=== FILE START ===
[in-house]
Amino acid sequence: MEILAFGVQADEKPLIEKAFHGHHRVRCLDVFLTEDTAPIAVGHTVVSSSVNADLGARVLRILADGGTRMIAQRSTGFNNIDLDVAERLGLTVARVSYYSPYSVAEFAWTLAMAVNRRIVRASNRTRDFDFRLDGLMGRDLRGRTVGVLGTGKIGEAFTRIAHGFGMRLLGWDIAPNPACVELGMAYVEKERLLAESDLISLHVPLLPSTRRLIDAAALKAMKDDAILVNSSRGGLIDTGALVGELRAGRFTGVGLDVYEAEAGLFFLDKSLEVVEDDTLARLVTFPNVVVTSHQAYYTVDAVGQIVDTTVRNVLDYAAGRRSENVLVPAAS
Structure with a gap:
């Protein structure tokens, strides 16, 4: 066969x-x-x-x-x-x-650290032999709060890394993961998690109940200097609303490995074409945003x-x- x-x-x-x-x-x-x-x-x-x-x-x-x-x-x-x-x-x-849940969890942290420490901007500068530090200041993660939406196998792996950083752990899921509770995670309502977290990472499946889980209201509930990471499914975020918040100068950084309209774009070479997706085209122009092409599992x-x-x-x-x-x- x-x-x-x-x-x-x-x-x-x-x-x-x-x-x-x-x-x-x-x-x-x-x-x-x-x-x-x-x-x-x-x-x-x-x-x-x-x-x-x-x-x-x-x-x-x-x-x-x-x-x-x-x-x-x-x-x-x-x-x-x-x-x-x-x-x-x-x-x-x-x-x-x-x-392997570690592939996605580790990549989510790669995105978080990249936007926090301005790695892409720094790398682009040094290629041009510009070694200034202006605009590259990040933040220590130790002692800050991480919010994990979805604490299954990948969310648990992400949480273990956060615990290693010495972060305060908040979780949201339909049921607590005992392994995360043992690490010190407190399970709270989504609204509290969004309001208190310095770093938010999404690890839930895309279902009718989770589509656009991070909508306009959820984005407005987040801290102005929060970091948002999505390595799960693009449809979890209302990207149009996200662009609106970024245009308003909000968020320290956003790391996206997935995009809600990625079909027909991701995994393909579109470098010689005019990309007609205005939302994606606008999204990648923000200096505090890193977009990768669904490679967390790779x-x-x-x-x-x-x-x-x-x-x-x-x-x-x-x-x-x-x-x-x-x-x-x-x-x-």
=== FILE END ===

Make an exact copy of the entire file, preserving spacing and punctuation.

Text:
[in-house]
Amino acid sequence: MEILAFGVQADEKPLIEKAFHGHHRVRCLDVFLTEDTAPIAVGHTVVSSSVNADLGARVLRILADGGTRMIAQRSTGFNNIDLDVAERLGLTVARVSYYSPYSVAEFAWTLAMAVNRRIVRASNRTRDFDFRLDGLMGRDLRGRTVGVLGTGKIGEAFTRIAHGFGMRLLGWDIAPNPACVELGMAYVEKERLLAESDLISLHVPLLPSTRRLIDAAALKAMKDDAILVNSSRGGLIDTGALVGELRAGRFTGVGLDVYEAEAGLFFLDKSLEVVEDDTLARLVTFPNVVVTSHQAYYTVDAVGQIVDTTVRNVLDYAAGRRSENVLVPAAS
Structure with a gap:
């Protein structure tokens, strides 16, 4: 066969x-x-x-x-x-x-650290032999709060890394993961998690109940200097609303490995074409945003x-x- x-x-x-x-x-x-x-x-x-x-x-x-x-x-x-x-x-x-849940969890942290420490901007500068530090200041993660939406196998792996950083752990899921509770995670309502977290990472499946889980209201509930990471499914975020918040100068950084309209774009070479997706085209122009092409599992x-x-x-x-x-x- x-x-x-x-x-x-x-x-x-x-x-x-x-x-x-x-x-x-x-x-x-x-x-x-x-x-x-x-x-x-x-x-x-x-x-x-x-x-x-x-x-x-x-x-x-x-x-x-x-x-x-x-x-x-x-x-x-x-x-x-x-x-x-x-x-x-x-x-x-x-x-x-x-x-392997570690592939996605580790990549989510790669995105978080990249936007926090301005790695892409720094790398682009040094290629041009510009070694200034202006605009590259990040933040220590130790002692800050991480919010994990979805604490299954990948969310648990992400949480273990956060615990290693010495972060305060908040979780949201339909049921607590005992392994995360043992690490010190407190399970709270989504609204509290969004309001208190310095770093938010999404690890839930895309279902009718989770589509656009991070909508306009959820984005407005987040801290102005929060970091948002999505390595799960693009449809979890209302990207149009996200662009609106970024245009308003909000968020320290956003790391996206997935995009809600990625079909027909991701995994393909579109470098010689005019990309007609205005939302994606606008999204990648923000200096505090890193977009990768669904490679967390790779x-x-x-x-x-x-x-x-x-x-x-x-x-x-x-x-x-x-x-x-x-x-x-x-x-x-």